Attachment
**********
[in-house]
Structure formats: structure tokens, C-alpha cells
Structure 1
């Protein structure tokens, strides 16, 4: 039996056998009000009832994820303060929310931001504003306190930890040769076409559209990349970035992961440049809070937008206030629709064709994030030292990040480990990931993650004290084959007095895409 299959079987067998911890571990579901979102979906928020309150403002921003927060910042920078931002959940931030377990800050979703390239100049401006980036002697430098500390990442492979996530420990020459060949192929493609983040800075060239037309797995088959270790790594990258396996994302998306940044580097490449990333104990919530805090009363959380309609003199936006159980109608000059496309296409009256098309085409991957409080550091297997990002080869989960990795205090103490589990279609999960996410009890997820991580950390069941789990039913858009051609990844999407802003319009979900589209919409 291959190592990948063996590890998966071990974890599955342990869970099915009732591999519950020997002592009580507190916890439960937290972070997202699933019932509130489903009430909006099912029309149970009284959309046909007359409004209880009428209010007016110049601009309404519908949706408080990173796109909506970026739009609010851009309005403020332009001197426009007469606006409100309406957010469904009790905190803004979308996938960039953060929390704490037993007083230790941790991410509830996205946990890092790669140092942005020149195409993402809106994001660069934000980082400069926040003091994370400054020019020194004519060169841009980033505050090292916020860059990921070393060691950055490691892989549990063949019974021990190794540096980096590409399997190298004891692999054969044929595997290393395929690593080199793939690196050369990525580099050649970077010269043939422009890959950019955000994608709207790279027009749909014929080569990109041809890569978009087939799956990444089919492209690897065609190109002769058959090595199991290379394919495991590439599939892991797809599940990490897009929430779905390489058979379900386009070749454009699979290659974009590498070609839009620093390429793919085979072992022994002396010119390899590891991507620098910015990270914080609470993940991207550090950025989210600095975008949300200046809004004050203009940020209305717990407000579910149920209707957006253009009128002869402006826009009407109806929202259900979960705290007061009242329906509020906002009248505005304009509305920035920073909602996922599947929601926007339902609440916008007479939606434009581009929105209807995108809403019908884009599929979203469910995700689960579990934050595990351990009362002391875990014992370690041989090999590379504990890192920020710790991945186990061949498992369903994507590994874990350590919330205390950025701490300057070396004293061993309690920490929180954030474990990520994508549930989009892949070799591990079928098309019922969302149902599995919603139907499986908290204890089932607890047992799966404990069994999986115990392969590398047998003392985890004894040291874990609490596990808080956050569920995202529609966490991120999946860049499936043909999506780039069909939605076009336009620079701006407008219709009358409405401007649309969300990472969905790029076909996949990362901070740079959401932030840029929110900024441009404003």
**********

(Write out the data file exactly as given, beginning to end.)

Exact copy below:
[in-house]
Structure formats: structure tokens, C-alpha cells
Structure 1
């Protein structure tokens, strides 16, 4: 039996056998009000009832994820303060929310931001504003306190930890040769076409559209990349970035992961440049809070937008206030629709064709994030030292990040480990990931993650004290084959007095895409 299959079987067998911890571990579901979102979906928020309150403002921003927060910042920078931002959940931030377990800050979703390239100049401006980036002697430098500390990442492979996530420990020459060949192929493609983040800075060239037309797995088959270790790594990258396996994302998306940044580097490449990333104990919530805090009363959380309609003199936006159980109608000059496309296409009256098309085409991957409080550091297997990002080869989960990795205090103490589990279609999960996410009890997820991580950390069941789990039913858009051609990844999407802003319009979900589209919409 291959190592990948063996590890998966071990974890599955342990869970099915009732591999519950020997002592009580507190916890439960937290972070997202699933019932509130489903009430909006099912029309149970009284959309046909007359409004209880009428209010007016110049601009309404519908949706408080990173796109909506970026739009609010851009309005403020332009001197426009007469606006409100309406957010469904009790905190803004979308996938960039953060929390704490037993007083230790941790991410509830996205946990890092790669140092942005020149195409993402809106994001660069934000980082400069926040003091994370400054020019020194004519060169841009980033505050090292916020860059990921070393060691950055490691892989549990063949019974021990190794540096980096590409399997190298004891692999054969044929595997290393395929690593080199793939690196050369990525580099050649970077010269043939422009890959950019955000994608709207790279027009749909014929080569990109041809890569978009087939799956990444089919492209690897065609190109002769058959090595199991290379394919495991590439599939892991797809599940990490897009929430779905390489058979379900386009070749454009699979290659974009590498070609839009620093390429793919085979072992022994002396010119390899590891991507620098910015990270914080609470993940991207550090950025989210600095975008949300200046809004004050203009940020209305717990407000579910149920209707957006253009009128002869402006826009009407109806929202259900979960705290007061009242329906509020906002009248505005304009509305920035920073909602996922599947929601926007339902609440916008007479939606434009581009929105209807995108809403019908884009599929979203469910995700689960579990934050595990351990009362002391875990014992370690041989090999590379504990890192920020710790991945186990061949498992369903994507590994874990350590919330205390950025701490300057070396004293061993309690920490929180954030474990990520994508549930989009892949070799591990079928098309019922969302149902599995919603139907499986908290204890089932607890047992799966404990069994999986115990392969590398047998003392985890004894040291874990609490596990808080956050569920995202529609966490991120999946860049499936043909999506780039069909939605076009336009620079701006407008219709009358409405401007649309969300990472969905790029076909996949990362901070740079959401932030840029929110900024441009404003």